Opioid-induced constipation, tardive dyskinesia, and other medication-induced syndromes present worthwhile revenue opportunities for pharmaceutical R&D.
In the 1960s, researchers discovered that the loss of motor control from Parkinson’s disease (PD) was tied to a deficiency of dopamine in a part of the brain involved in the coordination of movement.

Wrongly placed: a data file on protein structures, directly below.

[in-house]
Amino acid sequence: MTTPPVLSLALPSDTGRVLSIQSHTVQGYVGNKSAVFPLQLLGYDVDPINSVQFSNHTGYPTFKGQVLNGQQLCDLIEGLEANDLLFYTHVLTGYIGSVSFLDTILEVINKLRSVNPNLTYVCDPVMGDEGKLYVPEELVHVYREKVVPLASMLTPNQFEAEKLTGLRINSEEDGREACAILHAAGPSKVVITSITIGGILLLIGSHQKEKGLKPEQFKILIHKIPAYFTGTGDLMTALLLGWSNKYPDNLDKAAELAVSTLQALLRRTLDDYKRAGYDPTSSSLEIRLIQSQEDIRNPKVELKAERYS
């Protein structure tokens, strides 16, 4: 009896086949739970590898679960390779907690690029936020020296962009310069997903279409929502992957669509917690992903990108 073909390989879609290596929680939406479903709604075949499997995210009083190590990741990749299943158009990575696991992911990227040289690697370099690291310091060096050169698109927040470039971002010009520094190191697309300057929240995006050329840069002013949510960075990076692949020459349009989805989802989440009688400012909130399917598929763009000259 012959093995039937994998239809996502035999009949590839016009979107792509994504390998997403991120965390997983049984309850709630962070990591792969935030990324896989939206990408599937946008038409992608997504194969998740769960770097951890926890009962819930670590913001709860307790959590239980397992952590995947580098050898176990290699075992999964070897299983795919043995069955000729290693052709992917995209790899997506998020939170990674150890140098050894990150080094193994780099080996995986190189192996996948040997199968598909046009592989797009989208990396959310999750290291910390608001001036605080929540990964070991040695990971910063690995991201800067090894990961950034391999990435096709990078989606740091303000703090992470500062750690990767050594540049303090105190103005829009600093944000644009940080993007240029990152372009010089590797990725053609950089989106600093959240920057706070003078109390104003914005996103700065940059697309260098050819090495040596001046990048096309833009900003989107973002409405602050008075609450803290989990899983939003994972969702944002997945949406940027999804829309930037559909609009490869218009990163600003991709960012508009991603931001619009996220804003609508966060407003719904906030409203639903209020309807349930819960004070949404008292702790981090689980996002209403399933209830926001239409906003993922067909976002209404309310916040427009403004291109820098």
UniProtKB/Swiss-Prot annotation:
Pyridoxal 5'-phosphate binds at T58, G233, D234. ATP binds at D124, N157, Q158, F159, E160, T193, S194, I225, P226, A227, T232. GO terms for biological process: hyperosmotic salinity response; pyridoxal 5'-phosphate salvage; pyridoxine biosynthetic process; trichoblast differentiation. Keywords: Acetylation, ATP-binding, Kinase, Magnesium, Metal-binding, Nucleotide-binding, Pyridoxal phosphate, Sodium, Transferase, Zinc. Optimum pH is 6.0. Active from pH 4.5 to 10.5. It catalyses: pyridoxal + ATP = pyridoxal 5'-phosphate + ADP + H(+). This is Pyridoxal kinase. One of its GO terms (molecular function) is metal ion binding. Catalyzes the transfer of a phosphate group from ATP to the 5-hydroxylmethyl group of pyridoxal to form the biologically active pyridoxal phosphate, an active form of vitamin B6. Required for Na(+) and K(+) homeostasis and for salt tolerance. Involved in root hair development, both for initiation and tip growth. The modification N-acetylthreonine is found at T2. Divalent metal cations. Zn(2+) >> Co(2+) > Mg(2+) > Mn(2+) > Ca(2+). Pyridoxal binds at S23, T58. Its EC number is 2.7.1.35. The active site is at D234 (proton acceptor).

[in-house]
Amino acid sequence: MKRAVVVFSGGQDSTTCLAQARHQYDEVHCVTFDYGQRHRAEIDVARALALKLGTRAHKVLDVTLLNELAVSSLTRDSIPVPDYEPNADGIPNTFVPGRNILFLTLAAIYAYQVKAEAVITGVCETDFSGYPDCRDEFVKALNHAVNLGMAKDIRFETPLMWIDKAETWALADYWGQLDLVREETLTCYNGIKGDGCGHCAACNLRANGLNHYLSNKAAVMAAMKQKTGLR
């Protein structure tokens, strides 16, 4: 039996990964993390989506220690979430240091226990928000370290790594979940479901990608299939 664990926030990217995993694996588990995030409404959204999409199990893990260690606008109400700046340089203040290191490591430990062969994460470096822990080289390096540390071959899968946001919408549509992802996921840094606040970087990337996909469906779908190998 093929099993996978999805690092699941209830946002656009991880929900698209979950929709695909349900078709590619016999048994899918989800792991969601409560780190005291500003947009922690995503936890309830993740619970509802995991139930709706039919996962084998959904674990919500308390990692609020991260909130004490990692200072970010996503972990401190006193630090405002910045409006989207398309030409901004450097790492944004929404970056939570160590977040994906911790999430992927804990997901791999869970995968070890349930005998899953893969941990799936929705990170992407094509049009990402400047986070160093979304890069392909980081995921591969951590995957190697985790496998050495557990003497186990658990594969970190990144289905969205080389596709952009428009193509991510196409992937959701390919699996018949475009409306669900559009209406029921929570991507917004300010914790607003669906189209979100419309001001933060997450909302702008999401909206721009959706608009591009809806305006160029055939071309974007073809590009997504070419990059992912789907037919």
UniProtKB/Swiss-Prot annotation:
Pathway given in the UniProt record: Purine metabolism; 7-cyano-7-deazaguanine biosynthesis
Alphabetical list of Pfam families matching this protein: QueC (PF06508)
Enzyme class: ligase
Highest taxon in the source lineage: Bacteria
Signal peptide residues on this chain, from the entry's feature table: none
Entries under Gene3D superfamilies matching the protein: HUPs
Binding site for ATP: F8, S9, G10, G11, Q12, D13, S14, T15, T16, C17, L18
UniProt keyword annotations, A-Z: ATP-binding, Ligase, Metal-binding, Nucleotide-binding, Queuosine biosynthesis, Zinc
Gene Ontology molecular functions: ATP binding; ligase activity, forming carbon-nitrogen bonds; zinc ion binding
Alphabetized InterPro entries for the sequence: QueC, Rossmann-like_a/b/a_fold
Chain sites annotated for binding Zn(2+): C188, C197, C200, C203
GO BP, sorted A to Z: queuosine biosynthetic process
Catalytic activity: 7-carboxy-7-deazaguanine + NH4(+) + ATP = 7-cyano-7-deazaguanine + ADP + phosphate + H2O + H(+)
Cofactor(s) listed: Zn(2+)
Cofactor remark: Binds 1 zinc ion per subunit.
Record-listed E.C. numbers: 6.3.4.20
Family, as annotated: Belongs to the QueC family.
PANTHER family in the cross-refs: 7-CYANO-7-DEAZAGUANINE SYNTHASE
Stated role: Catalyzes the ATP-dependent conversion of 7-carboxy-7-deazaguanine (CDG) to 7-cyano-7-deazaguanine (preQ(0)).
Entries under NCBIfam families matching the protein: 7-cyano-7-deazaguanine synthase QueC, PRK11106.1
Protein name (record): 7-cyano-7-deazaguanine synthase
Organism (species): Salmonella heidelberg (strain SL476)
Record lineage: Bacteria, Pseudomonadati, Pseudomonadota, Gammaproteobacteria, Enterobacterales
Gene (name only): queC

Evidence soon established that administration of levodopa, a dopamine precursor molecule, dramatically improved PD symptoms. Here’s the catch: relief of symptoms was accompanied by severe nausea and vomiting. Levodopa was not only being converted to dopamine in the brain but also in the bloodstream, activating dopamine receptors in the peripheral nervous system and causing the adverse side effects.